05/23/2019 by Daniel Altavilla
What’s poppin 60Cards readers, we are sandwiched between two Regionals yet again, having just finished Santa Clara with a couple of weeks to prepare for Madison. There is also the Origins Special Event and NAIC that are all using the Standard Unbroken Bonds format. When you consider how many events are happening so close to each other, you can infer that the meta might just keep countering itself week after week. You could even argue for the sizeable card pool we have now justifying a constant switch in how decks are played. For example, a ReshiZard deck won the event. It feels obvious that ReshiZard with the Green’s engine is the fairest deck for the format and allows enough room to tech for any meta you expect. This means you have limitless options when considering the next meta, and you can just switch cards out based on what you want to lose to. Most decks can do this, with Zoroark-GX switching up the supporting Pokemon, Control and Stall shifting lists around as far as which Pokemon and combos they are utilizing, and the big Tag Team decks cycling through the endless tech options.
We have a strong chance for the meta to be heavily influenced by the last event’s success and to take it a step further there can be people trying to counter what we just saw being played. There is not much time for League Cups in between to solidify what the more popular decks will be, so we must be as honest as possible about what decks are the easiest to counter and the most likely to be countered so we can follow the meta trends properly and pick the best option. It feels like people were mostly prepared for Vileplume at Santa Clara. There were a ton of random decks and unexpected decks being played, and even those decks were capable of pulling out some big finishes because the meta just wasn’t ready for them.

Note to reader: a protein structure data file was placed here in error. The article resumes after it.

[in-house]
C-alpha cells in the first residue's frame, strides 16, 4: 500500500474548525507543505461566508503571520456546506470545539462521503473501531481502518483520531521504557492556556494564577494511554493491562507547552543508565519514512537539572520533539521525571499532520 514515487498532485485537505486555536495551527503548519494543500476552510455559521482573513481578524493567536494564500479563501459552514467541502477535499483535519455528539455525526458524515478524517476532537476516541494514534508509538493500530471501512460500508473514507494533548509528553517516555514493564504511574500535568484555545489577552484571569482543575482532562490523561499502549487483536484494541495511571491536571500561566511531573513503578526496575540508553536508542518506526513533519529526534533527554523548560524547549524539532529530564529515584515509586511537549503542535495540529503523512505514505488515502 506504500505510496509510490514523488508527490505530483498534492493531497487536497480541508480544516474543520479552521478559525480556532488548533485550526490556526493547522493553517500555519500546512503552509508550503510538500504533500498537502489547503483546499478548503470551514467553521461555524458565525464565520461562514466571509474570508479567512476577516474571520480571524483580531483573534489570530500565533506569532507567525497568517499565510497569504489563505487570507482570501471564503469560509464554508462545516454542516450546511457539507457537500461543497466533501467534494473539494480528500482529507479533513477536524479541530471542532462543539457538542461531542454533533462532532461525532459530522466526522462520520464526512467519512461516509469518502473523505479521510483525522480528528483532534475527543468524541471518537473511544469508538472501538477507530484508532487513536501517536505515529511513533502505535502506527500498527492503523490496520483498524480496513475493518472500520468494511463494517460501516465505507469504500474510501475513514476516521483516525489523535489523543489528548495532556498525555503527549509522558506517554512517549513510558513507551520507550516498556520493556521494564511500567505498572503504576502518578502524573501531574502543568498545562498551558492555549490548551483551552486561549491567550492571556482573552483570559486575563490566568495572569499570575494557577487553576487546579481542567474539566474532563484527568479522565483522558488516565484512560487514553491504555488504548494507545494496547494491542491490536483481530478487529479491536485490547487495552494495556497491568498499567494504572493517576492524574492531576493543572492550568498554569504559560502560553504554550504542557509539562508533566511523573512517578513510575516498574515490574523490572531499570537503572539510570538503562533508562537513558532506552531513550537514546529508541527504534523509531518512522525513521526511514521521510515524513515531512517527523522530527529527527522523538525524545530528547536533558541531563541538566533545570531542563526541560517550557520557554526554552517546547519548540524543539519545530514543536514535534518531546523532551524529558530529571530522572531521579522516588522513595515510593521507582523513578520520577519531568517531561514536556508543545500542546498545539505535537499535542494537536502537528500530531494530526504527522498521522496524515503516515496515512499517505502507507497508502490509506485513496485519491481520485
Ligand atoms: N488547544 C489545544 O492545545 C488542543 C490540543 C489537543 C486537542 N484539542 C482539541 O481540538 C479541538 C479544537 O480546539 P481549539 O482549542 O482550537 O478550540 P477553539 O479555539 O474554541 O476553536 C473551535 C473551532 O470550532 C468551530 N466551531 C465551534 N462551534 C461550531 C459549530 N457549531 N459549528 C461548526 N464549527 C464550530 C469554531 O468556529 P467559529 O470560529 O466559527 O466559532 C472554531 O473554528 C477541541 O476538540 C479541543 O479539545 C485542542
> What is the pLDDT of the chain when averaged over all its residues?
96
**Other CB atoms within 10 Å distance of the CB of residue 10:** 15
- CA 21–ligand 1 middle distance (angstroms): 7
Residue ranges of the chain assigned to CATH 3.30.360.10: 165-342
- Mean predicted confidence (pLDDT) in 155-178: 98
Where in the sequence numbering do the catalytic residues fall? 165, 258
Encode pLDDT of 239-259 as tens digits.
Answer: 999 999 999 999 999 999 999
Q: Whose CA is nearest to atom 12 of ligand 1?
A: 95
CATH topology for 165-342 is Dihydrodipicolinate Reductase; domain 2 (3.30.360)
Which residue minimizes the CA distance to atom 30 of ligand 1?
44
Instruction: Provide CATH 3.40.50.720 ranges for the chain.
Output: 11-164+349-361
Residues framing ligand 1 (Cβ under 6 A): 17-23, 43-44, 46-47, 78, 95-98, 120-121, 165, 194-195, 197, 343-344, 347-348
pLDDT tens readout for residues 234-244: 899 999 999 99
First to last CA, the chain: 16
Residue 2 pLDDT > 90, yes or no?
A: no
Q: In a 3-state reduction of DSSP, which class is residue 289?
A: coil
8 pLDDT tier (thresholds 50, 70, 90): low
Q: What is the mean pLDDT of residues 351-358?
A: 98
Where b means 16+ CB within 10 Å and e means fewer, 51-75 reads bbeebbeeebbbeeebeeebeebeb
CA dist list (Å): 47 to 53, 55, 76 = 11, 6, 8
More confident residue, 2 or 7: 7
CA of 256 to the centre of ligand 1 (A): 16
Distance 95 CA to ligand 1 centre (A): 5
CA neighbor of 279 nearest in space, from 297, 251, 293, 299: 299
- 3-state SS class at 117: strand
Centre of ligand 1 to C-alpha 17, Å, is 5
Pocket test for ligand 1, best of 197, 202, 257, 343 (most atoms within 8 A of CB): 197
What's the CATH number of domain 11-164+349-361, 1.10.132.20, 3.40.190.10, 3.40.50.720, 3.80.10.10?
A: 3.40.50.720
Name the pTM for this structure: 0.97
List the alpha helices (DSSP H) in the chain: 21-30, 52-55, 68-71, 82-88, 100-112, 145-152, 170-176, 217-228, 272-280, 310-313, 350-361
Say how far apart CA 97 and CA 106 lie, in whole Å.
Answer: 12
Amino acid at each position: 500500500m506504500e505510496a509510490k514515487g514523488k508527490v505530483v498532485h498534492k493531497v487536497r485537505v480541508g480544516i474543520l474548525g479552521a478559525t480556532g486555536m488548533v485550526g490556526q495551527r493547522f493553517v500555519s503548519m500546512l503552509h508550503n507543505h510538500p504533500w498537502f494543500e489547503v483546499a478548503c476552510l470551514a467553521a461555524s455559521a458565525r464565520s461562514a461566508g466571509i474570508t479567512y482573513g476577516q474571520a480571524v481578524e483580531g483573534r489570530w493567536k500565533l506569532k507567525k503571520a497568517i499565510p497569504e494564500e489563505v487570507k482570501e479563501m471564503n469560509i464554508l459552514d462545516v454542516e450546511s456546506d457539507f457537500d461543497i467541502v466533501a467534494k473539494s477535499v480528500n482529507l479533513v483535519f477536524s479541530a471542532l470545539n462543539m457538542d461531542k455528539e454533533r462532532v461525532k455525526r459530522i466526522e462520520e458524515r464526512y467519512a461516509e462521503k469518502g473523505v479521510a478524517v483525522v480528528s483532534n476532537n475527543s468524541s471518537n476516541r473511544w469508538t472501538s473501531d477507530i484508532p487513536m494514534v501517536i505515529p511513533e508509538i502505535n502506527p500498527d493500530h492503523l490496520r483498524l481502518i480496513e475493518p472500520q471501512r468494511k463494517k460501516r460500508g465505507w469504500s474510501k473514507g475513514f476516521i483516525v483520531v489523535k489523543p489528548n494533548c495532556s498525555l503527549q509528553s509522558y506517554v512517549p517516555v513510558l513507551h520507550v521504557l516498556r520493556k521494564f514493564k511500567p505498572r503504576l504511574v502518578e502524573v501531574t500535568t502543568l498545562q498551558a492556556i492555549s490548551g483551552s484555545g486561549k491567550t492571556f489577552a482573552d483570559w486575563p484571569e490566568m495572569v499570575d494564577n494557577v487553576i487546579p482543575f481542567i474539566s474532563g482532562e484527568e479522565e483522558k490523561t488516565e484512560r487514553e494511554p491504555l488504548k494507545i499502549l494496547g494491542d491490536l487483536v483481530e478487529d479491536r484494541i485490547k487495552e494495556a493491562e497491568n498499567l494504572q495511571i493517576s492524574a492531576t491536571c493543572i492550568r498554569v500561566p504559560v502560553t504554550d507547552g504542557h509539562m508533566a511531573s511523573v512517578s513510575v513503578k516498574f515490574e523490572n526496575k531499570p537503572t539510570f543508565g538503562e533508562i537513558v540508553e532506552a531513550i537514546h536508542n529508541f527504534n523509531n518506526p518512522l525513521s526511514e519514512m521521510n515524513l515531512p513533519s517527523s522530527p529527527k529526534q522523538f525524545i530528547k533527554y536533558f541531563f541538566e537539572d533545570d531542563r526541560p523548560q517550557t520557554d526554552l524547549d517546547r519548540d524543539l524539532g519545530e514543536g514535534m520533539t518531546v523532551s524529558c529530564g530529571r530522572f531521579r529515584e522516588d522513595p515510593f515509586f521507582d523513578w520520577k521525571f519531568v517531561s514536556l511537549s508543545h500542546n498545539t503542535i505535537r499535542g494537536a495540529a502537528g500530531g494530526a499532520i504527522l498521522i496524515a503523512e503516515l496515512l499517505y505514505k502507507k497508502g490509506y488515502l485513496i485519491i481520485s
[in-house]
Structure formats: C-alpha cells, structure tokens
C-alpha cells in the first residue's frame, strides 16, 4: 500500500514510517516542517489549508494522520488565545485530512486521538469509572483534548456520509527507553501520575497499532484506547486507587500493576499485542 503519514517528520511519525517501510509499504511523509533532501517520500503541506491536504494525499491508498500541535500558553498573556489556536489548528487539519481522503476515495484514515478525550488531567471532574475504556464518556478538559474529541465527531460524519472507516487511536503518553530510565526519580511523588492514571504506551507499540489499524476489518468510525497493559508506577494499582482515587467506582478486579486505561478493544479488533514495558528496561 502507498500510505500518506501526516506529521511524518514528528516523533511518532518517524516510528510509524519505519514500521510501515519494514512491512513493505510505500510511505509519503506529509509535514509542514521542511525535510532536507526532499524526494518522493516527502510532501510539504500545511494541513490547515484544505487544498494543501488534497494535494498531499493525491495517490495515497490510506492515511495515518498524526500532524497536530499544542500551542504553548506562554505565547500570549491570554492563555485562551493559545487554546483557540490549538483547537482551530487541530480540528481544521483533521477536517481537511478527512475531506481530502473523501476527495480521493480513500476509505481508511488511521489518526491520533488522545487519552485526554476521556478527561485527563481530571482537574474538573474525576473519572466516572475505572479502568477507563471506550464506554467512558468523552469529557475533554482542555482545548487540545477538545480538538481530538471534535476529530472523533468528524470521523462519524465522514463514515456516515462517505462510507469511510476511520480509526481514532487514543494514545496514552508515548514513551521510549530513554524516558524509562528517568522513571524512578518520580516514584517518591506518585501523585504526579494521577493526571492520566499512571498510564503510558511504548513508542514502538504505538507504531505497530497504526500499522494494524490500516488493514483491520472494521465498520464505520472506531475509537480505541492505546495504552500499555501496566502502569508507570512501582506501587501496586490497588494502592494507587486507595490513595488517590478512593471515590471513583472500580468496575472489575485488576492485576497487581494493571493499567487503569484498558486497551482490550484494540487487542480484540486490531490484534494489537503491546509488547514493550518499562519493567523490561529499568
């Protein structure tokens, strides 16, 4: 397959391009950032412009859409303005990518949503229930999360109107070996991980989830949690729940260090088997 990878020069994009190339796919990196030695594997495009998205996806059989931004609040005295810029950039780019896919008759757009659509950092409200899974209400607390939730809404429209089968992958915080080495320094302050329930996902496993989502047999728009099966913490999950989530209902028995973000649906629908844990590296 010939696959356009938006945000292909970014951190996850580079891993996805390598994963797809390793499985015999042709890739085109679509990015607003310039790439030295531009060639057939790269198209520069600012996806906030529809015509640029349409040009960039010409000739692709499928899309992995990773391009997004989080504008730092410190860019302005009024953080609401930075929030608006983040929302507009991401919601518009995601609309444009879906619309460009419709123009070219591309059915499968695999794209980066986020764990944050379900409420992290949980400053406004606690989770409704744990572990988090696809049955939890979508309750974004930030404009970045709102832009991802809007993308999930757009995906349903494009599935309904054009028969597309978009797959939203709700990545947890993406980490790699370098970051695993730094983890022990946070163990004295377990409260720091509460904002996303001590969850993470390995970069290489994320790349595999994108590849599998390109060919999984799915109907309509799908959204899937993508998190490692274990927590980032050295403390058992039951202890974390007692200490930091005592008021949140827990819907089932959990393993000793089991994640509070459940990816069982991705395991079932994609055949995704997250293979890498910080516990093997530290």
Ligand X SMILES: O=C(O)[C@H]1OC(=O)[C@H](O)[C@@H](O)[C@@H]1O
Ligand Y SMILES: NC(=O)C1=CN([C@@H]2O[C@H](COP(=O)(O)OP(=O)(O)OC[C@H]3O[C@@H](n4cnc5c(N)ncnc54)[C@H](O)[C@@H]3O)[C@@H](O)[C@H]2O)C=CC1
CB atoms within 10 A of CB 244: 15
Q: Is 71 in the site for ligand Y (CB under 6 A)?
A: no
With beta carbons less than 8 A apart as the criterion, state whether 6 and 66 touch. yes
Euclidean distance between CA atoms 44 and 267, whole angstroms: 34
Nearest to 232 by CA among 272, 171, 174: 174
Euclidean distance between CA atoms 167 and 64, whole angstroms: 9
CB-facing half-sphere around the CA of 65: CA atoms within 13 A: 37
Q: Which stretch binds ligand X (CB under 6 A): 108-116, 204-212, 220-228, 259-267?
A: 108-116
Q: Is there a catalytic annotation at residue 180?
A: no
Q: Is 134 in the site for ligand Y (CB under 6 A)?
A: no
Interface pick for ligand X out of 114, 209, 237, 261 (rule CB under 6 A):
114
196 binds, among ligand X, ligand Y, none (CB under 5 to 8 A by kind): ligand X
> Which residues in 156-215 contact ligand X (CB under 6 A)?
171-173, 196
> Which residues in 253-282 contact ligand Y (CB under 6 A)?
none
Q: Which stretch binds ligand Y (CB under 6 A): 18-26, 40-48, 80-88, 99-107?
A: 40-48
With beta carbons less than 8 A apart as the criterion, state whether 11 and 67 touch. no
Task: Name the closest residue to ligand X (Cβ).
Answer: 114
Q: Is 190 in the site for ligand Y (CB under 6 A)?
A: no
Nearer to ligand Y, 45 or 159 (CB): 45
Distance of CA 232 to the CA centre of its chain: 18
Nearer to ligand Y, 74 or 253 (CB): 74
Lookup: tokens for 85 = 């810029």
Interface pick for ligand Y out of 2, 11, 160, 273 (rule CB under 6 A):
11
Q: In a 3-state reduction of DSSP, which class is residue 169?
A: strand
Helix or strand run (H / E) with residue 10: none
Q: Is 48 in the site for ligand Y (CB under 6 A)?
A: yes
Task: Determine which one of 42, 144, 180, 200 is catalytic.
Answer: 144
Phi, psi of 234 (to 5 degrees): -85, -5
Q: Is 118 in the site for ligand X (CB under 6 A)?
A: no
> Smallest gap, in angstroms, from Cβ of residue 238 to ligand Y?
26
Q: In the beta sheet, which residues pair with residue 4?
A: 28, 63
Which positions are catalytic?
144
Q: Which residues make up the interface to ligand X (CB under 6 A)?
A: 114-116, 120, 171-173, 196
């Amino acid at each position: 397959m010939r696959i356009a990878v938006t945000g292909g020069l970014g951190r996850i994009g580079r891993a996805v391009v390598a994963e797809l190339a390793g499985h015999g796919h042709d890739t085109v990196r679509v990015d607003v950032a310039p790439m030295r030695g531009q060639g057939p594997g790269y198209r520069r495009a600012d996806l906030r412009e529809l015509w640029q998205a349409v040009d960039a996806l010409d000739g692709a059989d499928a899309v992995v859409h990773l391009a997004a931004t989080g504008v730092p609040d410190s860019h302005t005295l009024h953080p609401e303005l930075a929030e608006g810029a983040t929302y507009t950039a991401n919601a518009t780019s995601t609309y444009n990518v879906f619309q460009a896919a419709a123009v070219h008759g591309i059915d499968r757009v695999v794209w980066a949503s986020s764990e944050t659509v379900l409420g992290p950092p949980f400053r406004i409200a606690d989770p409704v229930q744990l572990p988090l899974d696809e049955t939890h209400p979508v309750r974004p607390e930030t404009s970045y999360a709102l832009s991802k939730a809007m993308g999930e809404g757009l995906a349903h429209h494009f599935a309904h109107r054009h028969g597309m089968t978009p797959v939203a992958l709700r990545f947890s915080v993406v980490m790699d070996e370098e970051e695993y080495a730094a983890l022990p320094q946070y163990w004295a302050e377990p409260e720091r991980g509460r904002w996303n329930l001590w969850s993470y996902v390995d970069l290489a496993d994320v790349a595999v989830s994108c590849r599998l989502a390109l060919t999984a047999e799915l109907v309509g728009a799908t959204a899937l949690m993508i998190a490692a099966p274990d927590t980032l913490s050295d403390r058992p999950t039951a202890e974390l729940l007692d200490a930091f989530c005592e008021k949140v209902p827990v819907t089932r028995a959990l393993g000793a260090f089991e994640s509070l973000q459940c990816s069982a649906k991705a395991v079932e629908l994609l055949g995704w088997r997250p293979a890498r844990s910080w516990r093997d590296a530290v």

That being said, I’d like to argue that a deck so abstract as the Shedinja Control archetype is capable of remaining relevant throughout multiple weekends in the same way. The deck can use plenty of different strategies to reach the same win condition, so it is very easy to adjust based on what you expect at the next event. I’d like to look back at this past weekend in Santa Clara to recount exactly what happened with my own tournament, where I ended up with a 4-3-2 record, and then go into how the Shedinja Control deck can change going into the future. It is important to be constantly updating a deck to work out the issues, and I think I learned a decent bit of the deck during this event.
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